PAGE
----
Proper Rowing Machine Form: How to properly use a rowing machine

Pete Donohoe and Peter Donohoe

Not sure if you’re rowing correctly and want to get the most out of your next rowing machine workout? Proper rowing machine form is important for many reasons. In this article, you’ll learn how to correctly use a rowing machine, proper rowing form, and what to adjust to improve your split times and get even better results. 

We’ll discuss how to properly use a rowing machine, and the four parts of the rowing stroke – the catch, the drive, the finish, and the recovery – using beginner-friendly language. Let’s dive in!

How to properly use a rowing machine for efficient, effective workouts

Many people first encounter rowing movements in resistance training or weight training as a way to target our back muscles. The act of rowing on a rowing machine is very different. It’s a full-body workout that, when done correctly, engages twice as much muscle mass as other cardio activities like running and cycling – an impressive 86% of major muscle groups. 

To hit all those muscle groups, you want to be sure you’re rowing with proper form throughout your workout. There are a few reasons you should care about having great form while you row:

Good form leads to a more powerful rowing stroke

It’s exciting to get stronger over time, and great outdoor rowers obsess over their power output because it helps them propel across the water more quickly. One of the best ways to ensure you’re developing a stronger, more resilient stroke is to maintain quality form. 

Good rowing machine form leads to fewer injuries from overuse

Indoor rowing is one of the best and most low-impact workouts you can do. But, if your form is out of whack, you could be setting yourself up for unnecessary soreness or even an injury. We want the “good” kind of sore that makes you feel accomplished, not the bad kind that leaves you feeling uncomfortable the next day.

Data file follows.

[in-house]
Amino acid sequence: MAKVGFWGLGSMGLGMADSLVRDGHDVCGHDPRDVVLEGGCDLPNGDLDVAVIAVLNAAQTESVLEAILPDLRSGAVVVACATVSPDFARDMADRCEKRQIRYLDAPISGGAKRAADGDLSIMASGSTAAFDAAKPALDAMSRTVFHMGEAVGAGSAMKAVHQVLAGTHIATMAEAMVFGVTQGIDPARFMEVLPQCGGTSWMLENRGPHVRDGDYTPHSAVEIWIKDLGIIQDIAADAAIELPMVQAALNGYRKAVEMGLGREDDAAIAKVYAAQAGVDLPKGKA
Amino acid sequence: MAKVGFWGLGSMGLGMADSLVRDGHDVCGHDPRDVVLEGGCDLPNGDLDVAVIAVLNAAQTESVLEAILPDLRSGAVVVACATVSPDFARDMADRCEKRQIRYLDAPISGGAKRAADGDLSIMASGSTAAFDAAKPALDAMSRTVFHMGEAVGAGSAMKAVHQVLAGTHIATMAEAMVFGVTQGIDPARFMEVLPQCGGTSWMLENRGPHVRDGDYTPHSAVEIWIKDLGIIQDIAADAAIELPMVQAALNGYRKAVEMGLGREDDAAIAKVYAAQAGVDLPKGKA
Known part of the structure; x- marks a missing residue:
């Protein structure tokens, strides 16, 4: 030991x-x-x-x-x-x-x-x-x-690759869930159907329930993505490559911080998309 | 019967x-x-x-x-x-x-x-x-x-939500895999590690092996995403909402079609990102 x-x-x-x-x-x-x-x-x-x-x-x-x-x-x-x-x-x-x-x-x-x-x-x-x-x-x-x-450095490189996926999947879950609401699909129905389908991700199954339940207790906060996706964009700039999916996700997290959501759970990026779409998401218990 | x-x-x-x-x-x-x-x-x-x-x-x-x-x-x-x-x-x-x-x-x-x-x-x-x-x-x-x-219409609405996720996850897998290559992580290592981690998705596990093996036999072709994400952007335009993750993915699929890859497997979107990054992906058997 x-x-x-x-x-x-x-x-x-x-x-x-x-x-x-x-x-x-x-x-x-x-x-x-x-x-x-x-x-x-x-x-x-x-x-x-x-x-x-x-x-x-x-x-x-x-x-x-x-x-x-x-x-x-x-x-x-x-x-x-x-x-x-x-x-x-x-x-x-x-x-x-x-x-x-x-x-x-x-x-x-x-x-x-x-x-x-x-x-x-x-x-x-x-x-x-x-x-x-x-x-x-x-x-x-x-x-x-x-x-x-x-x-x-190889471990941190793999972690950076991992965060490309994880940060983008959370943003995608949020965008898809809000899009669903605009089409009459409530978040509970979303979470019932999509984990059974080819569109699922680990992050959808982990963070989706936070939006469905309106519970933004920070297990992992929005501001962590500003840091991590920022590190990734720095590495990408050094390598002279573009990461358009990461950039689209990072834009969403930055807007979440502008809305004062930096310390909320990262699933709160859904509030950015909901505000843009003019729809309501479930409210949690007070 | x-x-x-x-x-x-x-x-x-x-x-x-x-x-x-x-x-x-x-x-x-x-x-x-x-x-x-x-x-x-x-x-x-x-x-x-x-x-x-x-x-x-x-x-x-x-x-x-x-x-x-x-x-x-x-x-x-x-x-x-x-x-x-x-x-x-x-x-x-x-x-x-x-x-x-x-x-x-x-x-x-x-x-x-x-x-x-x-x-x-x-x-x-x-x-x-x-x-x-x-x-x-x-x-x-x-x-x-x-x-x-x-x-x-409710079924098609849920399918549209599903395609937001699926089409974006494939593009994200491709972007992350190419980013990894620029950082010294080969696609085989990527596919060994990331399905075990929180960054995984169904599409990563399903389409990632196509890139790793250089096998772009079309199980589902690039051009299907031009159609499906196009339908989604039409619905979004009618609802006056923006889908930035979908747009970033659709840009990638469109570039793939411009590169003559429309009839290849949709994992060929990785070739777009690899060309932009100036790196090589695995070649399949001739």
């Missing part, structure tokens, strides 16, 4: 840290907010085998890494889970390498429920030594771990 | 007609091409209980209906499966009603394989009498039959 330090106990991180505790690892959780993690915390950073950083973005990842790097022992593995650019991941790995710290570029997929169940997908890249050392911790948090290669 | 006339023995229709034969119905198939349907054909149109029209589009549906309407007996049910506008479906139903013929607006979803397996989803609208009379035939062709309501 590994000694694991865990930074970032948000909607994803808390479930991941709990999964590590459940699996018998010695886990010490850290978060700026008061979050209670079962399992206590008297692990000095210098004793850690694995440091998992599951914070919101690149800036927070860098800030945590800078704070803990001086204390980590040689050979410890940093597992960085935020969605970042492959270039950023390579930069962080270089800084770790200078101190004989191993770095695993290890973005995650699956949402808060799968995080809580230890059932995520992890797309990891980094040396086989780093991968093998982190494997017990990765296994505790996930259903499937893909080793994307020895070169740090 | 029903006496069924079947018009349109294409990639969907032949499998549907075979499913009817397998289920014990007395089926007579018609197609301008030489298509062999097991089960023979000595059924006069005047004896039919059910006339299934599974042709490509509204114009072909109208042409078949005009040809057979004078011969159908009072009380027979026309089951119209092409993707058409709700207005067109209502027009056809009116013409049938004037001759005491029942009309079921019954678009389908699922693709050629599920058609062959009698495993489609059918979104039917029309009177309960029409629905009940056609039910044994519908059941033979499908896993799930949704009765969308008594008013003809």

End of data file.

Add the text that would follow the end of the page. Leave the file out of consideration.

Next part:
Good form works your mind too

Studies on flow state have found that concentrating on small details actually makes it easier to slip into feelings of flow. Form reminders are some of the easiest ways to coach yourself in the moment and keep your brain engaged.

Rowing machine form improves further when you cross-train. You’ll think about and engage your muscles in a different way. That’s why Hydrow offers On The Mat workouts, an extensive library of yoga, pilates, mobility, and strength training workouts you can stream right from your Hydrow or your phone using the Hydrow mobile app.

The indoor rowing stroke: A complete breakdown for beginners

There are four parts of the indoor rowing stroke. As you absorb these steps and think about them in future rowing workouts, you’ll develop a more efficient rowing technique that keeps you injury-free and feeling strong. 

Part 1: The finish 

After you’ve fully extended your legs, your core muscles and arms take over and guide your handle into the bottom of your sternum. This is called the finish, and this subtle muscle engagement helps you take advantage of all that leg power you’ve just created.

Here are a few tips to improve your finish:

– Visualise your shoulder blades coming together. Keep your core tight and channel the momentum you’ve created from your lower body into your upper body.

– Don’t knock your teeth out. On a rowing machine, you  should draw the handle into the bottom of your sternum. It can be tempting to pull the handle up toward your neck for a smidge of additional distance or drama, but this extension wastes energy and doesn’t give you much extra “oomph.”

– Don’t do the limbo. “How low can you go?” is for weddings and luaus, not rowing. The lean back at the end of the finish is slight at most; throughout the entire rowing stroke, your spine should remain pretty upright. Visualise staying between 11 o’clock and 1 o’clock on a clock face.

Part 2: The recovery